Hundreds of drivers have been taken off the roads following eyesight tests from Government appointed opticians which have now been proven to be giving false results. However, the DVLA is refusing to compensate drivers, several of whom were forced to sell their cars and pay out for taxis to get them around, as it is blaming the makers of the test equipment for the problem.
Over the course of 2015, the DVLA has contacted over 600 motorists after it discovered that a field vision analyser, used by DVLA optometrists since 2010 in order to assess competency to drive, is unreliable. Around 80% of drivers who were offered the chance to be re-assessed have since had their licenses restored.
One 78 year old driver, Derek Harlow, is among those who were wrongly banned. He lost his licence in 2013, alongside a lifeline for him and his disabled wife. However, in August 2015 Mr Harlow was given a letter which invited him to be re-assessed and he was told that he was perfectly able to drive.
He said of the ordeal:
“When the initial elation subsided, I felt aggrieved that my life has been disrupted so needlessly. I have complained to the DVLA but have received a ‘not-our-fault’ letter obviously encouraging me to take no further action. Surely the DVLA cannot absolve itself of the responsibility having contracted specific opticians to carry out the eye tests on its behalf? I had no choice as to which optician to use.”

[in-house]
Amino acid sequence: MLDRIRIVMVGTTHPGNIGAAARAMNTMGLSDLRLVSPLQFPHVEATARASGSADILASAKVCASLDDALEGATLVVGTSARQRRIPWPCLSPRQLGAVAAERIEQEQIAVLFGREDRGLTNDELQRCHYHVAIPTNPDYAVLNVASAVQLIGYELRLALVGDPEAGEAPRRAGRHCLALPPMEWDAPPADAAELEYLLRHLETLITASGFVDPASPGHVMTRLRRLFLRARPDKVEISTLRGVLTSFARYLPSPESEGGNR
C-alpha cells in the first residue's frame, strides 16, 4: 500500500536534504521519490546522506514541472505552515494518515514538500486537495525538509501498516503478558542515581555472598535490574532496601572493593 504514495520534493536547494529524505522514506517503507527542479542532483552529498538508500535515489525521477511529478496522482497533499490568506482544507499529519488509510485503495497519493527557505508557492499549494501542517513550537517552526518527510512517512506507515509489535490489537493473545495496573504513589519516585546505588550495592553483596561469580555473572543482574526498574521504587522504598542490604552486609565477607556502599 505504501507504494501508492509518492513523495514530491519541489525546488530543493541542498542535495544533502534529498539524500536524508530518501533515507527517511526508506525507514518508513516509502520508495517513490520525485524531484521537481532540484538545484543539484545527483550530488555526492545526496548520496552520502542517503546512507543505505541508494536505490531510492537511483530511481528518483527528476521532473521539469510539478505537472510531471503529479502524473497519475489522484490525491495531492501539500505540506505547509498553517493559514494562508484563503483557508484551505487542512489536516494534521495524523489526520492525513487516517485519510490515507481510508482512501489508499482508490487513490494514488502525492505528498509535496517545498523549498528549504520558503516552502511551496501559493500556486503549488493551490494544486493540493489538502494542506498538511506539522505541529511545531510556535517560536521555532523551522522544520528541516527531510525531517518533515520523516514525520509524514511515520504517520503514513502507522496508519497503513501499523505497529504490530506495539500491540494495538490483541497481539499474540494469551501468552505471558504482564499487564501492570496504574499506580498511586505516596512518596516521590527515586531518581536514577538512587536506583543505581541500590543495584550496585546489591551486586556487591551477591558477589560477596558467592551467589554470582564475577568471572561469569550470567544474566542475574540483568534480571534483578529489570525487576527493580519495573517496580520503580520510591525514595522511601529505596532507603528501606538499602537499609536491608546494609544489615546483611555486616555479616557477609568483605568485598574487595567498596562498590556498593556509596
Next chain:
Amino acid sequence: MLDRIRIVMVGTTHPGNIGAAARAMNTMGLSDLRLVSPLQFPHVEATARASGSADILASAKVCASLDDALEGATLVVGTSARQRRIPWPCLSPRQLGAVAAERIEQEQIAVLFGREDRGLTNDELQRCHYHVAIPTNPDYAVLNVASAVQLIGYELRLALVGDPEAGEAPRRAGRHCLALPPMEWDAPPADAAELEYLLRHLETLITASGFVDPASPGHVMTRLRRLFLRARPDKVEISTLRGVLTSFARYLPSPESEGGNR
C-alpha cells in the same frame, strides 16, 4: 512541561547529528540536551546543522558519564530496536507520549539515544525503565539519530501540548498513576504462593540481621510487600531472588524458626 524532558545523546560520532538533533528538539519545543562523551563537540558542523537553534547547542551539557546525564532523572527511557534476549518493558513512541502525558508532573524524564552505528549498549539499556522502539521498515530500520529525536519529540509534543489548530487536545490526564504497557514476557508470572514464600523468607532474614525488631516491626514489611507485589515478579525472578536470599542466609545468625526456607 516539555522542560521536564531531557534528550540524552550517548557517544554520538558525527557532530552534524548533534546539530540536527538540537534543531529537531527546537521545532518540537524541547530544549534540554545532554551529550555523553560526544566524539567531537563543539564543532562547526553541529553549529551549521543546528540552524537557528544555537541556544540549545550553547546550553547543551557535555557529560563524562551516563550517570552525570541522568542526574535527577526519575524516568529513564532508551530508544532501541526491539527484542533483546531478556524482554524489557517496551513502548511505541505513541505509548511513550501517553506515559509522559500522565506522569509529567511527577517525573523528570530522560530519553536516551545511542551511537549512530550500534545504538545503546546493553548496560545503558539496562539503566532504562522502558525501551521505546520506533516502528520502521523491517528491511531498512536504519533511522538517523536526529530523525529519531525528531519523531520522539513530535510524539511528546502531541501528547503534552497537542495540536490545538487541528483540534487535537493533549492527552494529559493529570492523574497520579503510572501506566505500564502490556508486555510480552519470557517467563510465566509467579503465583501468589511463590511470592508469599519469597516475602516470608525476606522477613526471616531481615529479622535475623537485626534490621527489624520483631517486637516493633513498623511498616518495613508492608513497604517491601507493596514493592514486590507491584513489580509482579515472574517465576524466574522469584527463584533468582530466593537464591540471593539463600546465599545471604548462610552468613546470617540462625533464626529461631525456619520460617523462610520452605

Mr.Harlow was forced to sell his Vauxhall Corsa when he lost his licence, since replacing it with a Toyota Yaris after having his licence replaced.
Under certain DVLA rules, drivers with medical conditions are required to reapply for their licence every 1-3 years. Part of this is a paid for optometrical test at a DVLA appointed optician, where people have to track flashing lights whilst focusing on an object. However, the DVLA found that the equipment used was faulty, meaning that the lights were not shining as brightly as they should have been.